LITTLE ROCK, Ark. (KTHV) -- Billions of dollars are being spent on Arkansas transportation projects. But what do those projects entail?
Airport renovations in three phases:
"The largest construction project in airport history. We want our airport to give a good first impression and a last impression," says Shane Carter, the spokesman for the Bill and Hillary Clinton National Airport.
"The first phase which is a $67 million project will be finished in February. You're going to be seeing a large overhaul to our ticket lobby," Carter says.
But you won't see an increase in ticket prices or taxes, as federal grants paid for the project.
"The bags will be taken over in an automatic screening process and then distributed to the airlines," Carter adds.
Originally set for 2020, phase two may get underway over the next few years in smaller portions. Renovations include new terminals and interior redesign, with the ultimate goal of full-scale international flights.
"This will allow the addition of four international gates, plus it will also allow for the construction of a federal inspection station that will house immigration and customs," Carter says.
Light and high speed rail is said to be the future of the Arkansas railroad. A number of projects are in the works. There are about a dozen federally designated high speed rail corridors around the country and Little Rock is one.
High speed trains could travel up to 200 miles per hour, but more likely 80 to 90 miles an hour in Arkansas on existing freight rail tracks.
Jim McKenzie is the executive director of Metroplan, the company which details long-rang city planning.
"It's the South-Central High Speed rail corridor that comes up out of Dallas, Texas and extends into Little Rock and also branches over to Oklahoma City, consider extending that corridor from Little Rock to Memphis, which I think would be a great connection," says McKenzie.
While high speed rail is intended for travel across the nation, light rail is for more inter-city travel in Arkansas. It's something McKenzie says depends on the population numbers, but is likely by 2030.
"The first deployment is the I-630 corridor from west Little Rock through downtown out to the airport. We're just finishing up a feasibility study, very preliminary study," McKenzie says.
So what is the price tag and when these rail projects will be underway?
"We're still waiting on the transportation bill to be passed to see what the federal investment policy is going to be," McKenzie says.
And when it comes to roads, one mammoth reconstruction project has been underway for several years at the I-430/630 interchange in West Little Rock. It's expected to be completed in 2014. They call it the Big Rock Interchange.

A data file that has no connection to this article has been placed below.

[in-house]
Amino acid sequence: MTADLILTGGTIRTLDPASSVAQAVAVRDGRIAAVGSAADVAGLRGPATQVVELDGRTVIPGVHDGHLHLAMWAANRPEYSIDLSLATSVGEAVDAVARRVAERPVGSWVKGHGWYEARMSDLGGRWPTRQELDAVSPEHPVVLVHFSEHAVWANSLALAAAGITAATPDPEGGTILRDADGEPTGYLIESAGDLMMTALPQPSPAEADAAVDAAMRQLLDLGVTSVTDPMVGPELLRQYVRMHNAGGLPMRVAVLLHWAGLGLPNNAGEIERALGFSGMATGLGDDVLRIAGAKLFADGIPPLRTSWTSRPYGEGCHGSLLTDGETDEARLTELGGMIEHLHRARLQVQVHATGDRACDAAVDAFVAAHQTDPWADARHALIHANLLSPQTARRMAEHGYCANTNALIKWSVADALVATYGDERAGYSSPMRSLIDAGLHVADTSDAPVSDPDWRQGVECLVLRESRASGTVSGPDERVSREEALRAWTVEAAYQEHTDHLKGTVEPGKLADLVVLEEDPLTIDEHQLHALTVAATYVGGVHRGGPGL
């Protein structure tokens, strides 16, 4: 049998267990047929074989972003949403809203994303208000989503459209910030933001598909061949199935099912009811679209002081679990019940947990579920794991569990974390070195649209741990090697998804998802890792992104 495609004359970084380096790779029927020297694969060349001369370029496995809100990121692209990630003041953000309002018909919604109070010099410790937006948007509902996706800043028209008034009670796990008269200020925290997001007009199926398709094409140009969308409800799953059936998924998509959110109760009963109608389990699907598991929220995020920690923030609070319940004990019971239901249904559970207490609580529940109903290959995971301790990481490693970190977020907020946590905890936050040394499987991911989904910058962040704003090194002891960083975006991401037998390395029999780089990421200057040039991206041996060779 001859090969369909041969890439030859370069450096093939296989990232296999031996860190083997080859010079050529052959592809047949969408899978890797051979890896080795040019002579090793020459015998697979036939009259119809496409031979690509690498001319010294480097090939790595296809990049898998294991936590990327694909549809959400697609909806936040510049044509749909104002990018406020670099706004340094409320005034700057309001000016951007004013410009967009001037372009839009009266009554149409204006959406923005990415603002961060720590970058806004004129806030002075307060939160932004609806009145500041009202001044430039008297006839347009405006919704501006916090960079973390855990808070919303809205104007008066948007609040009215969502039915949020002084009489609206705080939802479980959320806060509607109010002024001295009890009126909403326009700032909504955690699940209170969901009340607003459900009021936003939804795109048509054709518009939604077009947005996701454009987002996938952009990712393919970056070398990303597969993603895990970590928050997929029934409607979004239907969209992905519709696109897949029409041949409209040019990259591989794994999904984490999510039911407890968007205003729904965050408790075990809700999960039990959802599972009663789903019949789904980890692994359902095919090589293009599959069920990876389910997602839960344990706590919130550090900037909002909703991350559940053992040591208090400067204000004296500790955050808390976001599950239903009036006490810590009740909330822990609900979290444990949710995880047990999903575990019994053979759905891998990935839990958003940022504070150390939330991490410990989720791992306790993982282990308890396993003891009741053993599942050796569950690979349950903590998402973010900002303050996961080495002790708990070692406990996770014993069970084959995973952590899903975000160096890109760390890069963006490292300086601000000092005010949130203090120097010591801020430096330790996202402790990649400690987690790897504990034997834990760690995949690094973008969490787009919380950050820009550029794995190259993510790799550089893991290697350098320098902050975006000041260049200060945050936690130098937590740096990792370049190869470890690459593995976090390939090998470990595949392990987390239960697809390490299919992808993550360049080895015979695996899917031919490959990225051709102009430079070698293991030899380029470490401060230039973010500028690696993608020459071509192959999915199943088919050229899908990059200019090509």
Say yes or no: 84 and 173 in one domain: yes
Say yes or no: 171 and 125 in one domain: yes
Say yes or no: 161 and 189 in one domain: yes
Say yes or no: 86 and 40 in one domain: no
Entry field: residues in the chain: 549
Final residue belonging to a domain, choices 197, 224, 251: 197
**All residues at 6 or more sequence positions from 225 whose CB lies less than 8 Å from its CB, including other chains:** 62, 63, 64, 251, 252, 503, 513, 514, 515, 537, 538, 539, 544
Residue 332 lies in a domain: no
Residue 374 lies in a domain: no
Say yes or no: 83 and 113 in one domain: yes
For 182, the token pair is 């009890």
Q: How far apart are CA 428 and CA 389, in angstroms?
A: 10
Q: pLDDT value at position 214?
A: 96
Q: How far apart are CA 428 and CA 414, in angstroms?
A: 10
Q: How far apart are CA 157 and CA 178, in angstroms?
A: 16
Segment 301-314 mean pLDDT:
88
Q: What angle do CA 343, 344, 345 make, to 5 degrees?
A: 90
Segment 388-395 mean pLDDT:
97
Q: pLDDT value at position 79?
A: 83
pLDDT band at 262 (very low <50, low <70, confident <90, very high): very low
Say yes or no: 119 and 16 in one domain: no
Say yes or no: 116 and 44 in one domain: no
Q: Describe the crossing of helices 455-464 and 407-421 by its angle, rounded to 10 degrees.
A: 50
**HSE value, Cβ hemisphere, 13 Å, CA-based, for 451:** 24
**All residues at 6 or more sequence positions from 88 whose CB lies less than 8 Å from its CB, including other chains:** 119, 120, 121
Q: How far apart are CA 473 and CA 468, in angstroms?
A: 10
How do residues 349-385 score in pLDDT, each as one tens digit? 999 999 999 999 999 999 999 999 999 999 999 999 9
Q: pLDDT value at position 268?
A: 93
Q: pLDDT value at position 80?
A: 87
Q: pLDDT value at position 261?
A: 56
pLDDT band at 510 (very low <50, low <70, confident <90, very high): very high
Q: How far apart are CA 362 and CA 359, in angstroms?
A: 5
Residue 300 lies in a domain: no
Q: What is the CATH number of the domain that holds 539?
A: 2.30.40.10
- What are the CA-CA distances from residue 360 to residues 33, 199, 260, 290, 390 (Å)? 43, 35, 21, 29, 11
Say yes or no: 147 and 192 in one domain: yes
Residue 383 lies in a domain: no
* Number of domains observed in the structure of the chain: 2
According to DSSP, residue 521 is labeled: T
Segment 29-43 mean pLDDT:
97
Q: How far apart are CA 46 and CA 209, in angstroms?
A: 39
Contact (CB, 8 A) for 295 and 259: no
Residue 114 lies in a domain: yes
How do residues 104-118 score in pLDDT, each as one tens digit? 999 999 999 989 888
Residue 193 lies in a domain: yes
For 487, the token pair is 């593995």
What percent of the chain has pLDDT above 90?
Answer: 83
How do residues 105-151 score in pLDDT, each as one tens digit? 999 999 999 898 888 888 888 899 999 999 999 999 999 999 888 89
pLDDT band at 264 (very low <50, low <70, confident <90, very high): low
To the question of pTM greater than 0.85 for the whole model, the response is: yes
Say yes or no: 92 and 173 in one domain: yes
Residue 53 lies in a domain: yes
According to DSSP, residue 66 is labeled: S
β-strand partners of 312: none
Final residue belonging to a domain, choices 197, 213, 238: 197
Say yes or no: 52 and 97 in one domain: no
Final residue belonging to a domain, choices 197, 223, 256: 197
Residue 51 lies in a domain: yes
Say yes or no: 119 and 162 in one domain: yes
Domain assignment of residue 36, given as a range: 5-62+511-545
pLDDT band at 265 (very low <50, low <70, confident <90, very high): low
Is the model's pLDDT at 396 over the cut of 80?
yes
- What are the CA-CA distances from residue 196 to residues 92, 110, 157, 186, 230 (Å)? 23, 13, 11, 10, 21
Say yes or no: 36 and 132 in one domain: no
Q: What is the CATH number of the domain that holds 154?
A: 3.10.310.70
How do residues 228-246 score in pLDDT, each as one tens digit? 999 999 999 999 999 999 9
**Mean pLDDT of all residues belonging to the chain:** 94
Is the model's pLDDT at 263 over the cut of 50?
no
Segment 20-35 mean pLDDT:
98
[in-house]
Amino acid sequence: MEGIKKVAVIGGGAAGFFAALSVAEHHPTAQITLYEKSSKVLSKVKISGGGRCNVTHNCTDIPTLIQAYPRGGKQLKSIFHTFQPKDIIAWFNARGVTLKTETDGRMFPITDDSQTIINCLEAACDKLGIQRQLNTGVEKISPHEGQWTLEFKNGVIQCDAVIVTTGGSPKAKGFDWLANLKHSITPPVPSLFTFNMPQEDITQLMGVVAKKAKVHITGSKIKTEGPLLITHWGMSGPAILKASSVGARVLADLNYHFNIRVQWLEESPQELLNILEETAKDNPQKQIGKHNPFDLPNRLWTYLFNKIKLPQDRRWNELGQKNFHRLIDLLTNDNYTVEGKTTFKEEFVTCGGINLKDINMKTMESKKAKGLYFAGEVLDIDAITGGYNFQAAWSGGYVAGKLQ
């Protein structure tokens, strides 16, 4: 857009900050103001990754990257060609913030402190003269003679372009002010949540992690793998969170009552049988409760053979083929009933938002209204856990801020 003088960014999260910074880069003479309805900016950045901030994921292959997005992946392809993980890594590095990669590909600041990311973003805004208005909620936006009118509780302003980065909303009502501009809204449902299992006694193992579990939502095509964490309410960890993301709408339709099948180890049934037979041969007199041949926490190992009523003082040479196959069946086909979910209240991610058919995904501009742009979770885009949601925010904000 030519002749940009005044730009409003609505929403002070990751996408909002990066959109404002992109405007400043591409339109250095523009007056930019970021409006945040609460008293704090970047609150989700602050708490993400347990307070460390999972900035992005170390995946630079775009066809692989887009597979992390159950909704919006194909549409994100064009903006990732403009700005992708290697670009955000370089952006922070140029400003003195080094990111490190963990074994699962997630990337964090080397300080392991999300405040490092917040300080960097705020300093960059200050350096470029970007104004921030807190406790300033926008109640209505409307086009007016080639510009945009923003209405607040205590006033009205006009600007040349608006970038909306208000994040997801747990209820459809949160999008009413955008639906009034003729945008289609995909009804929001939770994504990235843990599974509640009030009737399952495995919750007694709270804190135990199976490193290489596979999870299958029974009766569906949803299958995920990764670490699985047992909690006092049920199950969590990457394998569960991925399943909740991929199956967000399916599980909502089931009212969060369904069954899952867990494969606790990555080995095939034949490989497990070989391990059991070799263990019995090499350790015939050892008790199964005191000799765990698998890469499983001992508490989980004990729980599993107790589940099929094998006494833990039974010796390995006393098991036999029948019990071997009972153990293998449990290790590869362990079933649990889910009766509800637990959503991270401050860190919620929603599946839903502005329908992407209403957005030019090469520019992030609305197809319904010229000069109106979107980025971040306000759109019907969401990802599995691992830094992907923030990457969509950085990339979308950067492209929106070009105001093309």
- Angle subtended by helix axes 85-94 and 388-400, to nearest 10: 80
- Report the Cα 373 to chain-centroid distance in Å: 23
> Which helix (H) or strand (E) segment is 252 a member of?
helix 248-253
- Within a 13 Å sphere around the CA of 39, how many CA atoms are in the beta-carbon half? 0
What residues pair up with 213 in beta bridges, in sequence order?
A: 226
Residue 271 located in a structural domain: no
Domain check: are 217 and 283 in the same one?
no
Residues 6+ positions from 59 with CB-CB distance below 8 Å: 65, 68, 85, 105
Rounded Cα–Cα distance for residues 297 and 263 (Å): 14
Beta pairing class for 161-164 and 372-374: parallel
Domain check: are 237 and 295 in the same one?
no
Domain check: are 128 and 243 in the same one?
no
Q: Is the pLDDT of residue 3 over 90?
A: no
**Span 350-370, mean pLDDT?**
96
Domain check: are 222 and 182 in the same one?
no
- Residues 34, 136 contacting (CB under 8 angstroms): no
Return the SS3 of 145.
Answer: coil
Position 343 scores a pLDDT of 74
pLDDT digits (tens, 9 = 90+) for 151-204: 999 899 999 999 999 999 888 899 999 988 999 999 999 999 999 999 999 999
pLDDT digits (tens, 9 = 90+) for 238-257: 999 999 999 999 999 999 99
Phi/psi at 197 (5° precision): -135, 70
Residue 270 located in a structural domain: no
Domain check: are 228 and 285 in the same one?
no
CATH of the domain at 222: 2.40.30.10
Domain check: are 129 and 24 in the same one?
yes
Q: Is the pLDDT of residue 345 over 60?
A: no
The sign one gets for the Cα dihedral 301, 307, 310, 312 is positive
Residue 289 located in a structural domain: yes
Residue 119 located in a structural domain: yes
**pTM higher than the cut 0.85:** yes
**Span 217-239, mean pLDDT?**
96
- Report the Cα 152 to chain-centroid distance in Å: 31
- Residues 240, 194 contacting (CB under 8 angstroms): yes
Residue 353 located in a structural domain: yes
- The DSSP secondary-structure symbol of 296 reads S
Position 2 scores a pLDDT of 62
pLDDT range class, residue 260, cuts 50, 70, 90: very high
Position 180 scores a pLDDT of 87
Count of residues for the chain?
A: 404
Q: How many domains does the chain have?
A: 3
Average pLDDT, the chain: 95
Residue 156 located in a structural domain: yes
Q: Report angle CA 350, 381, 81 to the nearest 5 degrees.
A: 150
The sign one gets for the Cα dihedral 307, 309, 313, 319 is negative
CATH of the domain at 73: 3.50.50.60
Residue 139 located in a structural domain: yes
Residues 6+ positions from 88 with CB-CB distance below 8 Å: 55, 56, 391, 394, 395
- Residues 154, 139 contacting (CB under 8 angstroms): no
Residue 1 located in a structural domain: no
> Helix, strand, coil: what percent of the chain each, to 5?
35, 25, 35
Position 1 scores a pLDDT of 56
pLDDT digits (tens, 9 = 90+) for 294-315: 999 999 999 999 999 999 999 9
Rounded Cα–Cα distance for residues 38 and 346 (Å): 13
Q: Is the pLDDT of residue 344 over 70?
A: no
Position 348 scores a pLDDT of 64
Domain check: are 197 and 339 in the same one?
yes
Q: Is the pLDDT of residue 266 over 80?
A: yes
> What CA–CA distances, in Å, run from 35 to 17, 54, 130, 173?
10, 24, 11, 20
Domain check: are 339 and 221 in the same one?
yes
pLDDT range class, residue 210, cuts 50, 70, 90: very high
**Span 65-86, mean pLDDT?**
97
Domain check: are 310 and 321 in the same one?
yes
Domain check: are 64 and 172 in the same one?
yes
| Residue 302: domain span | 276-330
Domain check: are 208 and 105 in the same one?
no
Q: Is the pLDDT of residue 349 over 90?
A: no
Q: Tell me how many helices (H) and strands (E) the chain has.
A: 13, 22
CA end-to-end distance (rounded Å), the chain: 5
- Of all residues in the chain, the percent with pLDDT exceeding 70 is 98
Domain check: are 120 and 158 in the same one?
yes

Randy Ort is the spokesman for the Arkansas State Highway and Transportation Department and he says, "We're building flyover ramps, [as] this is going to be a four-level interchange. We will have some lane closures probably in the next eight to 12 weeks. Motorists are going to see tremendous benefits of this."
The interchange will eliminate the traffic light for those traveling east and west. Still with two and a half years to go, it's a major price tag for this major project.
"That's about $125 million worth of work underway at the present time," Ort says.
But that's only one highway project underway in Arkansas. Highway 549 is underway as well, which some day will be named I-49 along the western corridor.
"Designed to link the Gulf Coast with Canada," Ort says.
It's an international project passing through Arkansas in bits and pieces, but no timeframe.
"What we're primarily focused on is the connection between Kansas City, Missouri and Shreveport, Louisiana," says Ort.
Texarkana to Louisiana has already substantial work done on the new I-49, and the same in the Northwest corner from Alma to Rogers.
"Even though we've spent well in excess of a billion dollars to date, it's going to take us about $3 billion more to complete I-49 in Arkansas," Ort says.
And diagonally across the state along Highway 67. The goal is to extend the renovations to the Missouri line. The department is hoping to complete construction in the next four to six years, but now a re-assessment for a direct connection to St. Louis.
"Missouri has had to back off their commitments somewhat," Ort says.
The issue as with all road projects: money.
All highway projects are paid for by 80 percent federal funds with a 20 percent state match.
"We've identified about $23 billion worth of needs that we need to be working on here in Arkansas over the next ten years. Unfortunately over that same period of time we only expect to have about $4 billion in revenue available," Ort says.
The time frame is anyone's guess.